Saves the converged amplitudes in the checkpoint file for use in a subsequent calculation (e.g., using a larger basis set). Using this option results in a very large checkpoint file, but also may significantly speed up later calculations.


Reads the converged amplitudes from the checkpoint file (if present). Note that the new calculation can use a different basis set, method (if applicable), etc. than the original one.


Reads in only the ground-state (and Z-vector) amplitudes and not the excited state amplitudes. This option is useful when going from an EOM calculation on singlets to one on triplets. ReadGSAmplitudes is a synonym for this option.


Do a new CIS calculation from scratch when reading EOM amplitudes. This option is needed when reading in singlet states but calculating both singlets and triplets. It is also needed when using a different basis set than was used for a prior calculation retrieved with ReadAmplitudes.

Energies and gradients.

Using EOM-CCSD. It is often useful to perform a preliminary, smaller EOM-CCSD calculation which solves for a large number of states, and then run a more accurate calculation on the states of interest. The following route sections illustrate this approach:

First calculation:
# EOMCCSD(NStates=10,EnergyOnly)/Aug-CC-PVDZ

Second calculation:
# EOMCCSD(NStates=2,ReadAmplitudes,NewCIS)/Aug-CC-PVQZ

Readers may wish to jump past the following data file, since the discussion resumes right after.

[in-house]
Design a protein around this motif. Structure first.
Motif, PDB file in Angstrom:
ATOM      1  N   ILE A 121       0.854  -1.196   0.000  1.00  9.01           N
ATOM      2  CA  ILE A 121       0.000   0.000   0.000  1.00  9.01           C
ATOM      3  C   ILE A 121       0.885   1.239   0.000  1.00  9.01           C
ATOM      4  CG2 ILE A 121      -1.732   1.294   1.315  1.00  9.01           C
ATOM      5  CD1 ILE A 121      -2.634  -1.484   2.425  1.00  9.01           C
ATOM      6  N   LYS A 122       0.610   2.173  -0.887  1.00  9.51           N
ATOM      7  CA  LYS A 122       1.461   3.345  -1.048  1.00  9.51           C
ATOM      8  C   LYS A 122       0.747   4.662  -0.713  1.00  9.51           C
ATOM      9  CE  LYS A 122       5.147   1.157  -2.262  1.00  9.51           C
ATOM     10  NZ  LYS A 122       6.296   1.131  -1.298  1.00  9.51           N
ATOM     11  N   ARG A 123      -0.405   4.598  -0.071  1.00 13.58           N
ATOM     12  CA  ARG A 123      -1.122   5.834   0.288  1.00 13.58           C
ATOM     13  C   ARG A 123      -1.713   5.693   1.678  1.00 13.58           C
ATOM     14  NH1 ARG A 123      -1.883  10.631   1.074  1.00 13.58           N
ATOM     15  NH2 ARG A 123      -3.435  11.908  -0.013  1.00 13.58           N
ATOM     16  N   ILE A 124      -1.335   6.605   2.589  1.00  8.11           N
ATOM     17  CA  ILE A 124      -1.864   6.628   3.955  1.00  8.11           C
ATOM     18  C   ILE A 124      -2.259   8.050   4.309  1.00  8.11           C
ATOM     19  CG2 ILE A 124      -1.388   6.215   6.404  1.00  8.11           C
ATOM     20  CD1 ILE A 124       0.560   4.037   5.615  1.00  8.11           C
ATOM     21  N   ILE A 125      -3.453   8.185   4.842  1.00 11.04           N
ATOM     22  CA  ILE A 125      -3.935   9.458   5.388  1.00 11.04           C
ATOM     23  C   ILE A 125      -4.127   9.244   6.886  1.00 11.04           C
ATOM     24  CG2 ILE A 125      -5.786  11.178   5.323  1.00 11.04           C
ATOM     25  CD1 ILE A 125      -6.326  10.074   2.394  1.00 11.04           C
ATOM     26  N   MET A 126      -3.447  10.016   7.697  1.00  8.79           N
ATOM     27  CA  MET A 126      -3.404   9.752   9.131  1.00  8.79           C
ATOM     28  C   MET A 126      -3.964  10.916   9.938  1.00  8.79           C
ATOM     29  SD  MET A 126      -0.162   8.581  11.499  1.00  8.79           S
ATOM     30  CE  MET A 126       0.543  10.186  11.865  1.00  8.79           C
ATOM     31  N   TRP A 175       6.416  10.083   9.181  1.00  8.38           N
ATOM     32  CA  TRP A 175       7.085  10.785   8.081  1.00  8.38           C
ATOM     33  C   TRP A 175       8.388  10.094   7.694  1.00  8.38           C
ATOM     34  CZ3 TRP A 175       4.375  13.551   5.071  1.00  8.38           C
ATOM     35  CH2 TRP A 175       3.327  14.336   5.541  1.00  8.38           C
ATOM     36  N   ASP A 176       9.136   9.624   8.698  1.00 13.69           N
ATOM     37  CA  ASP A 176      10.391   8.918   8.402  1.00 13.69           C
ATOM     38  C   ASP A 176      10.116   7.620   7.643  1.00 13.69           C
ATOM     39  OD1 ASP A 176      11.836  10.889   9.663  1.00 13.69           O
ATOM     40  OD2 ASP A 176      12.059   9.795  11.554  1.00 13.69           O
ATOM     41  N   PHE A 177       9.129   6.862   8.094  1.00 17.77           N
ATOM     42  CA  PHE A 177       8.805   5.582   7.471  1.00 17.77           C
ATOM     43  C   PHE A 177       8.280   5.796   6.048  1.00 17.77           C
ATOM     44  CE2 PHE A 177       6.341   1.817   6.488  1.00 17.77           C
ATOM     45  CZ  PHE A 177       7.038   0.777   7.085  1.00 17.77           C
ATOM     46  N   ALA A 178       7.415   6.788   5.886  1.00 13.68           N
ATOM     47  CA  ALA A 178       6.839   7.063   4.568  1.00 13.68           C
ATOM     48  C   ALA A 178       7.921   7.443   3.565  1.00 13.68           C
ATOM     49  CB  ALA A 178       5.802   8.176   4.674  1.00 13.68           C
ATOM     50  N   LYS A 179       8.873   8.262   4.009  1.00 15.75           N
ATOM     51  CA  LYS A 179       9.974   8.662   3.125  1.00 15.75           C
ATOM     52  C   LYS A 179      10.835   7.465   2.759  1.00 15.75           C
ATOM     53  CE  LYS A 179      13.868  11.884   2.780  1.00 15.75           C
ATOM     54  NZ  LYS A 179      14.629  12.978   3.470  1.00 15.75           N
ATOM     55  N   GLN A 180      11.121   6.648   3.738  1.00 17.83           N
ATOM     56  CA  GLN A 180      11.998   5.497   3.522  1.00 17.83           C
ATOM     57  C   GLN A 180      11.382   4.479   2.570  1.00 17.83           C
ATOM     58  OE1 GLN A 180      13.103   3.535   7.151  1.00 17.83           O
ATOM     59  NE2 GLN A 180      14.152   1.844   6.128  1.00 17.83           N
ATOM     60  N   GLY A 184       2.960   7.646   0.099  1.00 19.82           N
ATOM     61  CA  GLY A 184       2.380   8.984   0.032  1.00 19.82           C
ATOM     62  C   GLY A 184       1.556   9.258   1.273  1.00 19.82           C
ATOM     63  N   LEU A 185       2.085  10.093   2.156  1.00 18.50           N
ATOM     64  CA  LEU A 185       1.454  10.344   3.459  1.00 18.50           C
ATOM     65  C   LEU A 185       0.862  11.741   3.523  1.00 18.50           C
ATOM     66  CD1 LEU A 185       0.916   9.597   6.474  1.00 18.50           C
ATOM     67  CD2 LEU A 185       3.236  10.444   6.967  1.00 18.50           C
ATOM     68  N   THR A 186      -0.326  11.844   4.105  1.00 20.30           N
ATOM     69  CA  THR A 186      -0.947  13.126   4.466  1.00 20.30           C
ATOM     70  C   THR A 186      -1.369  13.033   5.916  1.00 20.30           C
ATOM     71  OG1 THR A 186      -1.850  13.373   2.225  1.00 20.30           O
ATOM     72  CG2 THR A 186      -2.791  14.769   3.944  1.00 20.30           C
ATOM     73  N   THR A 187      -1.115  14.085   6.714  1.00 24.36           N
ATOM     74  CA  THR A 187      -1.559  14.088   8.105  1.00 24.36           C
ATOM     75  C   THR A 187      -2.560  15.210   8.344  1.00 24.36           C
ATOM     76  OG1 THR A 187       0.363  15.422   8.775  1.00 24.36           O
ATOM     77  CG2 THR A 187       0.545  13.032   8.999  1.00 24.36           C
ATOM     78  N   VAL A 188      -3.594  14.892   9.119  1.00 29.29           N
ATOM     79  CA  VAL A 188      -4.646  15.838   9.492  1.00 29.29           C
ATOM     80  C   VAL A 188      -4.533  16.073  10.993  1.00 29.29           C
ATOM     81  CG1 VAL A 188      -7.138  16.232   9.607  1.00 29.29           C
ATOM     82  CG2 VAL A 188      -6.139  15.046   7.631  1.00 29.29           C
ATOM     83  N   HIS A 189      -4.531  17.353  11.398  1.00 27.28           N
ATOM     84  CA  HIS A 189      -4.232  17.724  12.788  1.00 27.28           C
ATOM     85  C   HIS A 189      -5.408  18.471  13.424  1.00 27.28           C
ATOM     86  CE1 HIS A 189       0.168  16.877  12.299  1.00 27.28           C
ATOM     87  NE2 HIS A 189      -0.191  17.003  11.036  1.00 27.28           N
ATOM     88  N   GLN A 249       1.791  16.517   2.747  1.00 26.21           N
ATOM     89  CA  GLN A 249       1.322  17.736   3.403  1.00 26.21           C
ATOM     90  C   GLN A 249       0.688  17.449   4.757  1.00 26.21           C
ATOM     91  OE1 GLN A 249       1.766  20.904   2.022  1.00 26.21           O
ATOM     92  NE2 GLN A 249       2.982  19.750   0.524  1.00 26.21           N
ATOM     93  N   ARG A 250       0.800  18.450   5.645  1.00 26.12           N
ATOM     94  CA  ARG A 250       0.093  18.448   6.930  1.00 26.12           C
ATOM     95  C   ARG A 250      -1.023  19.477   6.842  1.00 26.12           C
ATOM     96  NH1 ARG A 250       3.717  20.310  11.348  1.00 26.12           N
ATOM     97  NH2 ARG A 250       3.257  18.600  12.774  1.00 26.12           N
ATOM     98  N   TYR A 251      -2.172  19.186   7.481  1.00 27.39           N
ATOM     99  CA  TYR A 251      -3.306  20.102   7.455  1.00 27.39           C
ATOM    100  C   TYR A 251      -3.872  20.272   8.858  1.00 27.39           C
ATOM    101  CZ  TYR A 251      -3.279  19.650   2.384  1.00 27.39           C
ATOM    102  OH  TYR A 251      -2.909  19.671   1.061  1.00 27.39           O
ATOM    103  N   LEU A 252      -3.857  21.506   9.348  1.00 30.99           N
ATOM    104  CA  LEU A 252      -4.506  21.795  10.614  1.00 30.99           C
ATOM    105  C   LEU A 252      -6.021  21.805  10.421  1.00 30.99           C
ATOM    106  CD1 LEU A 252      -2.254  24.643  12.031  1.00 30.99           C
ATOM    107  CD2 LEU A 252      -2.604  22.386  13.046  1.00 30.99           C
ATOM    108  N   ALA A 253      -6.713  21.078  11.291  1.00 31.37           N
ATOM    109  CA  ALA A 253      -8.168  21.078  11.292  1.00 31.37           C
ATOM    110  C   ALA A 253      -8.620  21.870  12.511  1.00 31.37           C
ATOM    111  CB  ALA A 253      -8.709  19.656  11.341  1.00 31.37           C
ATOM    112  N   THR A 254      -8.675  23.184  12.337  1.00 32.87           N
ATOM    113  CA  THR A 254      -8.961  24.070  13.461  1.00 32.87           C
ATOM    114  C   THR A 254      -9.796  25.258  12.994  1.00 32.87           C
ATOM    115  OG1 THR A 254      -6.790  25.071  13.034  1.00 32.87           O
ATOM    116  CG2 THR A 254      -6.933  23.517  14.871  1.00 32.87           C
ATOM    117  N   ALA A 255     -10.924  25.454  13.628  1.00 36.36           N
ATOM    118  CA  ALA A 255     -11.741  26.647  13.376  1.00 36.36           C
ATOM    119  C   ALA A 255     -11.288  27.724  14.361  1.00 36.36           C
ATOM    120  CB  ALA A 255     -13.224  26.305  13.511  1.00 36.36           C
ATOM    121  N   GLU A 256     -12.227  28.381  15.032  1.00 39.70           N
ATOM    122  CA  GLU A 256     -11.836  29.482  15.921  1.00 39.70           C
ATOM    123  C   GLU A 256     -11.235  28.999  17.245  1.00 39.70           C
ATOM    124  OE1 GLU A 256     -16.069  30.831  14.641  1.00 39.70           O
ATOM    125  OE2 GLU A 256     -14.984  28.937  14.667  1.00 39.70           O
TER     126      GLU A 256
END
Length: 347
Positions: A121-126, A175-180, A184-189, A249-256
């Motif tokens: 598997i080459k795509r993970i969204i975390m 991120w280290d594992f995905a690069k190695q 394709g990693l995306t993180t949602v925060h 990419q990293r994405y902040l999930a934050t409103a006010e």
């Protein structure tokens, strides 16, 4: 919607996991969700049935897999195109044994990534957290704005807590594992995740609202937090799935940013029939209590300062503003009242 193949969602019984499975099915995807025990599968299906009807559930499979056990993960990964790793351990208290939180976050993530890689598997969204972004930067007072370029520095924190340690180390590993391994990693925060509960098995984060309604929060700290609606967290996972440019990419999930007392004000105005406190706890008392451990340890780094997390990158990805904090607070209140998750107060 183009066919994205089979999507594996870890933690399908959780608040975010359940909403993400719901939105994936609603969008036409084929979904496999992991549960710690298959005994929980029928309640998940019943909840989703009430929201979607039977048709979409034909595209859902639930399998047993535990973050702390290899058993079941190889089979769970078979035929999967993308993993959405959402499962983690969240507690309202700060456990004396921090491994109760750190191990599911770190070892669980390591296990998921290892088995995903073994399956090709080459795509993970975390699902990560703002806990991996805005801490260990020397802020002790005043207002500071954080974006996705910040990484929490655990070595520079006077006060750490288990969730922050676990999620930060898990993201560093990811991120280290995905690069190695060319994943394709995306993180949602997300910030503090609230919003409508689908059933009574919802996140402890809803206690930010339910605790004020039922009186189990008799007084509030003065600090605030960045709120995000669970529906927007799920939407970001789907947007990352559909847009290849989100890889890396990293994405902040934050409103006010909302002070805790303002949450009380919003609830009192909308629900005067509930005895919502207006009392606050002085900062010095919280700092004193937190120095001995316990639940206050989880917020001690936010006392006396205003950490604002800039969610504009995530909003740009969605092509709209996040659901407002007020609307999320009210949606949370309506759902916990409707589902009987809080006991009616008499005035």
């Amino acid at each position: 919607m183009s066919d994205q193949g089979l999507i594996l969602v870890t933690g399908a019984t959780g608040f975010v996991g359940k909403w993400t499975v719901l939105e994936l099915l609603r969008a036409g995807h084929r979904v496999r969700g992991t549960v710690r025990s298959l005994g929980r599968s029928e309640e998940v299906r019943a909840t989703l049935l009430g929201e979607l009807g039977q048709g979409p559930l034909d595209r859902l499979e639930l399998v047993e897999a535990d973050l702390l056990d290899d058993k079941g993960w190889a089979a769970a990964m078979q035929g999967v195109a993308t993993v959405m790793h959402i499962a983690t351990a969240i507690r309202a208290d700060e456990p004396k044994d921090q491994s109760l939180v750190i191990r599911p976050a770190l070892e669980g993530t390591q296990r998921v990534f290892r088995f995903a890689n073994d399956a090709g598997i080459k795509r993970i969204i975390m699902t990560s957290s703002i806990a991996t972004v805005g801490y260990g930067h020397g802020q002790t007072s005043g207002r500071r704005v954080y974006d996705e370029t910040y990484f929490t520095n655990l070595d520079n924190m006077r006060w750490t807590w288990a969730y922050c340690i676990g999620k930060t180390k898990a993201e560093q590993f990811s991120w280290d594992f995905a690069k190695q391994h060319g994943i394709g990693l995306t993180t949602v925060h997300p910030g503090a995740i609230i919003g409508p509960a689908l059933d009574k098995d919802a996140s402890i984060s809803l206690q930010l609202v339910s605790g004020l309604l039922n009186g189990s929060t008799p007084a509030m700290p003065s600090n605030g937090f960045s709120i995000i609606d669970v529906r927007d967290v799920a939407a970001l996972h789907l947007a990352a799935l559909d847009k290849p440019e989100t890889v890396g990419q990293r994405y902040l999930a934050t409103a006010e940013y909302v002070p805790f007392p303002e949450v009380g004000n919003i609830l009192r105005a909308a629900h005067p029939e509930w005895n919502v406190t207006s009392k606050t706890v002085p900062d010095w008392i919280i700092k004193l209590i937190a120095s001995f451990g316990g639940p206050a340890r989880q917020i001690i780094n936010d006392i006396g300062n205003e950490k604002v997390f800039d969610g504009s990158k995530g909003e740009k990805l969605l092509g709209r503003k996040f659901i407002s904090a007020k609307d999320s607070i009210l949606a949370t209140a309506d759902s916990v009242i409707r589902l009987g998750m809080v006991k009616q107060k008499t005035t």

Here is some example output from an EOM-CCSD calculation. This header introduces the results section:


         EOM-CCSD transition properties


Next comes the transition electric dipole moment, separated into left and right sections. The dipole and oscillator strengths reported at the end of each line are identical in the two sections as the former is the product of the two:

 Ground to excited state transition electric dipole moments (Au):
      state         X          Y         Z        Dip. S.     Osc.
        1        0.0000     0.0000    -0.3969     0.1601     0.0614
        2        0.0000     0.3963     0.0000     0.1638     0.0756
        3        0.0000     1.3681     0.0000     1.9183     1.0604
 Excited to ground state transition electric dipole moments (Au):
      state         X          Y         Z        Dip. S.     Osc.
        1        0.0000     0.0000    -0.4034     0.1601     0.0614
        2        0.0000     0.4133     0.0000     0.1638     0.0756
        3        0.0000     1.4022     0.0000     1.9183     1.0604

For each state, a separate section lists the CI expansion coefficients for excitation along with the corresponding orbital abelian symmetry type, divided by left and right, and then by excitation type:

Excited State   1:      Singlet-A1    15.6603 eV   79.17 nm  f=0.0614
 Right Eigenvector
 Alpha Singles Amplitudes
     I    SymI    A    SymA    Value
     4      1     6      1    0.675597   Excitation from orbital 4 (occ.) to 6 (virt.).
     3      4     7      4    0.122684
 Beta  Singles Amplitudes
     I    SymI    A    SymA    Value
     4      1     6      1    0.675597
     3      4     7      4    0.122684
 Alpha-Beta  Doubles Amplitudes   Similar information for a double excitation.
     I    SymI    J    SymJ    A    SymA    B    SymB    Value
     4      1     4      1     6      1     6      1   -0.118378
 Left  Eigenvector
 Alpha Singles Amplitudes
     I    SymI    A    SymA    Value
     4      1     6      1    0.676418
     3      4     7      4    0.121856
 Beta  Singles Amplitudes
     I    SymI    A    SymA    Value
     4      1     6      1    0.676418
     3      4     7      4    0.121856
 Alpha-Beta  Doubles Amplitudes
     I    SymI    J    SymJ    A    SymA    B    SymB    Value
     4      1     4      1     6      1     6      1   -0.107806
 Total Energy, E(EOM-CCSD) =  -74.4340926881   Total energy reported for state of interest.